My boyfriend, Zach, and I drove about four hours west to the Medora, North Dakota area. I was a little uneasy on the drive there, mostly I was worried that I had forgotten something, but the excitement of finally being able to go camping again was a great distraction. When we arrived at our campsite, we immediately started setting up camp. I brought two bags: one for my clothes and one for my pancreas. Zach brought a cooler where we kept a few gallons of water, our food and alcohol for the weekend, and where I kept my insulin. I brought a few different options to treat my lows, and kept a juice box or two in our tent. (There were not any bears where we were camping.) After feeling more confident that I had everything I needed to survive a night in the wilderness with T1D, we called it a night.

The next morning, we woke up, ate breakfast, and mapped out our day. We had plans to hike up to Devil’s Pass, go kayaking on the Little Missouri River, and then explore Theodore Roosevelt National Park. It was going to be an active day, and my main priority was trying to get through it with not just as little low blood sugar episodes as possible, but little high blood sugar episodes as well. I had brought a fanny back with my to carry my phone, insulin pump PDM, phone, and water, but to my surprise, Zach packed me a bigger hiking back pack that made it easier to carry everything I needed with me. While the morning started out a little rough, my blood sugar was high for the majority of our first hike, I was able to keep myself in range throughout kayaking and while we drove around Teddy Roosevelt National Park. Keeping my blood sugar levels in range while camping was something had anxiety about leading up to the trip, and I was pleasantly surprised with how my levels behaved.

Devils Pass, Billings County, North Dakota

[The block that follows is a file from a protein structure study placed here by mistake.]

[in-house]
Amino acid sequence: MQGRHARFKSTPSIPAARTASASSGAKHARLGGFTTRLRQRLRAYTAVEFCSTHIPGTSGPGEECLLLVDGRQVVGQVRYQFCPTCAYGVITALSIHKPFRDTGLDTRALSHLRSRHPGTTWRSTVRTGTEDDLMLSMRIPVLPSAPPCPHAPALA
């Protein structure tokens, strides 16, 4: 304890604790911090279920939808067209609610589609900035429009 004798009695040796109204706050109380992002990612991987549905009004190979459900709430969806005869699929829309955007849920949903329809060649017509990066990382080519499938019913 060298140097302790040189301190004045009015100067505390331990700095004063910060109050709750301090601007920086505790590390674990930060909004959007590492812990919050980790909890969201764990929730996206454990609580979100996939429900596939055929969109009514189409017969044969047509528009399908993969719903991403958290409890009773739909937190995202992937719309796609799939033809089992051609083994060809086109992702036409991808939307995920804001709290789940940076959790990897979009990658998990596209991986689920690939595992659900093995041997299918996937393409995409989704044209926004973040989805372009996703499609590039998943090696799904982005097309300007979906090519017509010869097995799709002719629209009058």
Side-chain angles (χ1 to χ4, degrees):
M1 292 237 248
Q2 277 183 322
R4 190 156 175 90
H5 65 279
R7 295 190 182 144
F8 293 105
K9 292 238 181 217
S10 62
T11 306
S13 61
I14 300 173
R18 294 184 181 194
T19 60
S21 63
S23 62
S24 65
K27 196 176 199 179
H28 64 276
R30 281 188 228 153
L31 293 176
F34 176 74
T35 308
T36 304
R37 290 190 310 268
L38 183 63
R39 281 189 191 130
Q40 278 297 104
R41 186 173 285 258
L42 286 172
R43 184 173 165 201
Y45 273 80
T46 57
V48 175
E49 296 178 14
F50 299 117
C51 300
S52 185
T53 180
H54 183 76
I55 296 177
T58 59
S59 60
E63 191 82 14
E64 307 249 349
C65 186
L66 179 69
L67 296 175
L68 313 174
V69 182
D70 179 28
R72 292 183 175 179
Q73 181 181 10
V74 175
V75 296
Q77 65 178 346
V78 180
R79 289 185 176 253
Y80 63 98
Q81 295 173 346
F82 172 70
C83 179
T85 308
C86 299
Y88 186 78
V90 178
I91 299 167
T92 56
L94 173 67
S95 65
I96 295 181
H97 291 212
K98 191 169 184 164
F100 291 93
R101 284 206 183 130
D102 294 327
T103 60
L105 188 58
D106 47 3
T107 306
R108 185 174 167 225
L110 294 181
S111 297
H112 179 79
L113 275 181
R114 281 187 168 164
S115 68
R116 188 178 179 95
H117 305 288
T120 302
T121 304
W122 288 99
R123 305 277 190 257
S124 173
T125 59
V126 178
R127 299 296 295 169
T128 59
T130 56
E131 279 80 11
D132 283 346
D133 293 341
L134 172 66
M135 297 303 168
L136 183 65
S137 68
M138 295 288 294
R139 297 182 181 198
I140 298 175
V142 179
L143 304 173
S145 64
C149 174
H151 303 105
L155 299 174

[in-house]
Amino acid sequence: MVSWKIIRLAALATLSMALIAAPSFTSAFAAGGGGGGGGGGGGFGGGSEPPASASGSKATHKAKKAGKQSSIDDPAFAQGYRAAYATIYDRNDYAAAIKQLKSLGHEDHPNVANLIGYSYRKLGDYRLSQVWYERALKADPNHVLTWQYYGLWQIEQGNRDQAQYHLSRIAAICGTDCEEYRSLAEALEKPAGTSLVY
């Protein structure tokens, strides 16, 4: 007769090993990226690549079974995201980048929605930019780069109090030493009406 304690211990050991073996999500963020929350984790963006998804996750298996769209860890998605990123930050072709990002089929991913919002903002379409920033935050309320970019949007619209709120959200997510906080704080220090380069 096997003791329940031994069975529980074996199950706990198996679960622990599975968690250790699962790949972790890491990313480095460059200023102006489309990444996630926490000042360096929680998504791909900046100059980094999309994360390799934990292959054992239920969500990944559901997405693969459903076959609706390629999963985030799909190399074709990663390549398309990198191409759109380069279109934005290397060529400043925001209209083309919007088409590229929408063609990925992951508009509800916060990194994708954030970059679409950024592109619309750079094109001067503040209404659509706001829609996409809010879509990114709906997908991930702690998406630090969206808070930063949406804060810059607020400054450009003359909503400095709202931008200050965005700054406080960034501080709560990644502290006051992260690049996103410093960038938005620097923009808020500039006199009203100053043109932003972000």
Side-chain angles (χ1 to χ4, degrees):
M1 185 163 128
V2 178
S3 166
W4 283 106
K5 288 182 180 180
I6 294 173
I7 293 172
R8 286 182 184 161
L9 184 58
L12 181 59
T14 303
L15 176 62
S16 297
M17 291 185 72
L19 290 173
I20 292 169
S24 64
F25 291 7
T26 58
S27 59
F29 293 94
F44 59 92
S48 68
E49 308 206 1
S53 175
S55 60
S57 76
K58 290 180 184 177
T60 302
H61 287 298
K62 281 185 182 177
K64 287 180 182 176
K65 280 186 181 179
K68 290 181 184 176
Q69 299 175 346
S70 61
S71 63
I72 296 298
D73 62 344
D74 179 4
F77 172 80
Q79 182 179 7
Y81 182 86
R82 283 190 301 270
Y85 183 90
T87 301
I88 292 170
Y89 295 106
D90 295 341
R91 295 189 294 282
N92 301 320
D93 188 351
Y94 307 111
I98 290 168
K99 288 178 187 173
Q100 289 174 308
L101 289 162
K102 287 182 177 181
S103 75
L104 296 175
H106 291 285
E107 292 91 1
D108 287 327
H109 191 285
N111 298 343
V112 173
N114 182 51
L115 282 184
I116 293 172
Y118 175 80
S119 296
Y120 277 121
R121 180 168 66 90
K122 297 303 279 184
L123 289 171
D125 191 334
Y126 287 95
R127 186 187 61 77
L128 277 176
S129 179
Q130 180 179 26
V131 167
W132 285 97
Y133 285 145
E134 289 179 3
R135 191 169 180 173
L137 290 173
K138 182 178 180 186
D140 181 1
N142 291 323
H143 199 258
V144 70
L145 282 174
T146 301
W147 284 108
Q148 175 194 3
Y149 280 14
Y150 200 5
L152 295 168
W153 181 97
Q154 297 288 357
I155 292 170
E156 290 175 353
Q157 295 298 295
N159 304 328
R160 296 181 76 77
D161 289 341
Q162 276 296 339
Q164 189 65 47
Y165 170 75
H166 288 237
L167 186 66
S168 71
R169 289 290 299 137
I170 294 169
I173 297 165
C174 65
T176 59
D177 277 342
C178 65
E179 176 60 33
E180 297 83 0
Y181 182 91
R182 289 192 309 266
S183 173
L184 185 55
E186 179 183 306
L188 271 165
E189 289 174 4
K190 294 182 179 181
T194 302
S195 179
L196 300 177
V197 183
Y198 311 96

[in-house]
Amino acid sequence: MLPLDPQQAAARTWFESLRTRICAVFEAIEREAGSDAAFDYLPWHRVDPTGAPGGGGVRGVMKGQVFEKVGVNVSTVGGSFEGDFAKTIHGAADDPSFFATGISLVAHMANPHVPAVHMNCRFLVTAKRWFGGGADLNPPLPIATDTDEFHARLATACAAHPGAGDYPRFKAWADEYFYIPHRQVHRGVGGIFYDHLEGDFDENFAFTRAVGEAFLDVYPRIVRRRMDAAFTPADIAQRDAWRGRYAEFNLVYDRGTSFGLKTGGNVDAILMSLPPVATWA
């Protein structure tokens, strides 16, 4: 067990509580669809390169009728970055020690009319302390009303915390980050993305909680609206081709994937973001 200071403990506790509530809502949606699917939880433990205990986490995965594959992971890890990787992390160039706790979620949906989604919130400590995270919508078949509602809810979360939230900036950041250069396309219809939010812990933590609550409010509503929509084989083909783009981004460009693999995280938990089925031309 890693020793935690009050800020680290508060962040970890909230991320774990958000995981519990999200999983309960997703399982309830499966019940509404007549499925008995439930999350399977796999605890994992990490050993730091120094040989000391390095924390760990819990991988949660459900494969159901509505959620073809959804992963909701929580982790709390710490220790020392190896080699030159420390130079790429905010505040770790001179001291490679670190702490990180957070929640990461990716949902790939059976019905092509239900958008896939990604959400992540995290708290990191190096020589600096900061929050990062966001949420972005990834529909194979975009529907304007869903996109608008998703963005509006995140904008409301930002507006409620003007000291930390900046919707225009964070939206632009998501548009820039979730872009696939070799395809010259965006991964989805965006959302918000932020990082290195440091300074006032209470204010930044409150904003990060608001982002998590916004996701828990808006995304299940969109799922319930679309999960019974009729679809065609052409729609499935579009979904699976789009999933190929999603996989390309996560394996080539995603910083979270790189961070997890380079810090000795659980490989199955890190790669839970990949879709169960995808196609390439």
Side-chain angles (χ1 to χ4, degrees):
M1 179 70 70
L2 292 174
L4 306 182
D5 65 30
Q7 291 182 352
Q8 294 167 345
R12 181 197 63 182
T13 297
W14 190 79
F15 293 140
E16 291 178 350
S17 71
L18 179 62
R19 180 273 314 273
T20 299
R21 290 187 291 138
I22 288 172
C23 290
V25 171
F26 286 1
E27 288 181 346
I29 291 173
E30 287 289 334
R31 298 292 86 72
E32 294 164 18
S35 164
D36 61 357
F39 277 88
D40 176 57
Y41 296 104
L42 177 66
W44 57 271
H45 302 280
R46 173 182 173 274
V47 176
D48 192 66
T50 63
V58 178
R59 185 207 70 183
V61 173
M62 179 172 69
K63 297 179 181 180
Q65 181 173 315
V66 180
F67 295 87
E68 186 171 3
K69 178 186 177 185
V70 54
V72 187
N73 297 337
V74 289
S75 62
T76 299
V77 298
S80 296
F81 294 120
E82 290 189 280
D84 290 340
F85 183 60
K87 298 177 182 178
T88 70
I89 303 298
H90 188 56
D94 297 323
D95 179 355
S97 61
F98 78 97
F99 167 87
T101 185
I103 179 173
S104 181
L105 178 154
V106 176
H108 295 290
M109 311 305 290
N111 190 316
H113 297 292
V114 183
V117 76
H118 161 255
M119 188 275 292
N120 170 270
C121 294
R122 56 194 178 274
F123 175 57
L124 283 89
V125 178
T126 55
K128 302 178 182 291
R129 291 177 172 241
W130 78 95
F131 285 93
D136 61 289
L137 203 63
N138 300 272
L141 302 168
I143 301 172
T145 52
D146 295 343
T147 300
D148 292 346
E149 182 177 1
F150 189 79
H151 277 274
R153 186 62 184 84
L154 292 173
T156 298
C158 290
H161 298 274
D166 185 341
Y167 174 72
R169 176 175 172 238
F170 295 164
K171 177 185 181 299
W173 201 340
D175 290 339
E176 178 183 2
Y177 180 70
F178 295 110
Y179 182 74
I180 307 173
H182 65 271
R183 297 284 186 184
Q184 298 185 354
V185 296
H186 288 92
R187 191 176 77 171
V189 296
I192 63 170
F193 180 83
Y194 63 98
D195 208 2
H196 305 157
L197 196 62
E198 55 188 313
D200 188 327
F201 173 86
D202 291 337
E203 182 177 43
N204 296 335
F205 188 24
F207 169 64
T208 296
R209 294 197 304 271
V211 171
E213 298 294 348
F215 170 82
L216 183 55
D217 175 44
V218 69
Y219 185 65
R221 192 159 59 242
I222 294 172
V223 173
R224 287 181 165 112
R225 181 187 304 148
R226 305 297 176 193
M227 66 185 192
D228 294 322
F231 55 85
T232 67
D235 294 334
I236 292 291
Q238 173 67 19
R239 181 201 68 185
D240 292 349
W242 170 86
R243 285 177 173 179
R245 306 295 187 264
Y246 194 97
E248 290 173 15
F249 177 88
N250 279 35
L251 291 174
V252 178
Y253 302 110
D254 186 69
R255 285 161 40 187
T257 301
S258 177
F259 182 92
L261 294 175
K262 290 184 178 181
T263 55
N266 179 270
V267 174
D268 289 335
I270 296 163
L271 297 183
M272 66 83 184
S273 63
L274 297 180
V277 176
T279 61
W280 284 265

Another big thing I had anxiety over while camping was having a low blood sugar episode during the middle of the night. While I did have my cell phone on me so that I could still get my CGM readings, I didn’t have any cell service which meant that my mom couldn’t reach me if I didn’t wake up to a low alert. I had to hope that I either I heard the alarm and woke up before I got too low, or that Zach heard my alarm. I paid attention to my levels, and thanks to the help of some juice boxes before bed and a few temporary basal rates during the night, I was able to avoid any potentially dangerous lows! I didn’t go high overnight either which was an added bonus as I was worried that may over-treat an overnight low in paranoia, and then wake up high and exhausted.

I went into this camping trip with quite a bit of anxiety that T1D would ruin my love for camping. Diabetes has the potential to turn situations we love into experiences that we want to forget, but it doesn’t have to be that way. I planned, maybe a bit too extensively, for my two day trip. I made a list of what to pack and I checked it twice. I kept an eye on my blood sugar levels more than I do during a typical day, and that helped me avoid lows and highs so I could spend more time enjoying my trip instead of treating. It wasn’t a flawless trip, and there were definitely things I could have done better to help manage my diabetes while camping. The good news, though, is that everything gets better with practice, even things like camping and diabetes.

Kayaking on the Little Missouri River near Teddy Roosevelt National Park